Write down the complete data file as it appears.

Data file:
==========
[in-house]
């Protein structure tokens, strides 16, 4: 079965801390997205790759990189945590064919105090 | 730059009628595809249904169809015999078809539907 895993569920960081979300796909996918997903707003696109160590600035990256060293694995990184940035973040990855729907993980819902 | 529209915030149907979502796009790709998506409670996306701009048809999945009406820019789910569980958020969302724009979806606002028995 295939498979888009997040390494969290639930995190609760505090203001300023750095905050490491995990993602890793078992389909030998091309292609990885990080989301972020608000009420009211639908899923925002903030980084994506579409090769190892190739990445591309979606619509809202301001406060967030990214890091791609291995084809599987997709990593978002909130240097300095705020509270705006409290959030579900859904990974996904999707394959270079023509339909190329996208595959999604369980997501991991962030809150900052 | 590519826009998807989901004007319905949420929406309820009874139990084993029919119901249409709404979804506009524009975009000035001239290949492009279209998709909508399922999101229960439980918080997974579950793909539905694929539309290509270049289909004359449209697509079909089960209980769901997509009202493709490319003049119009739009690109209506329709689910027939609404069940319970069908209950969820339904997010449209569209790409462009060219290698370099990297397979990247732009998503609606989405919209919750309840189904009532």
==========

[in-house]
């Protein structure tokens, strides 16, 4: 079965801390997205790759990189945590064919105090 | 730059009628595809249904169809015999078809539907 895993569920960081979300796909996918997903707003696109160590600035990256060293694995990184940035973040990855729907993980819902 | 529209915030149907979502796009790709998506409670996306701009048809999945009406820019789910569980958020969302724009979806606002028995 295939498979888009997040390494969290639930995190609760505090203001300023750095905050490491995990993602890793078992389909030998091309292609990885990080989301972020608000009420009211639908899923925002903030980084994506579409090769190892190739990445591309979606619509809202301001406060967030990214890091791609291995084809599987997709990593978002909130240097300095705020509270705006409290959030579900859904990974996904999707394959270079023509339909190329996208595959999604369980997501991991962030809150900052 | 590519826009998807989901004007319905949420929406309820009874139990084993029919119901249409709404979804506009524009975009000035001239290949492009279209998709909508399922999101229960439980918080997974579950793909539905694929539309290509270049289909004359449209697509079909089960209980769901997509009202493709490319003049119009739009690109209506329709689910027939609404069940319970069908209950969820339904997010449209569209790409462009060219290698370099990297397979990247732009998503609606989405919209919750309840189904009532």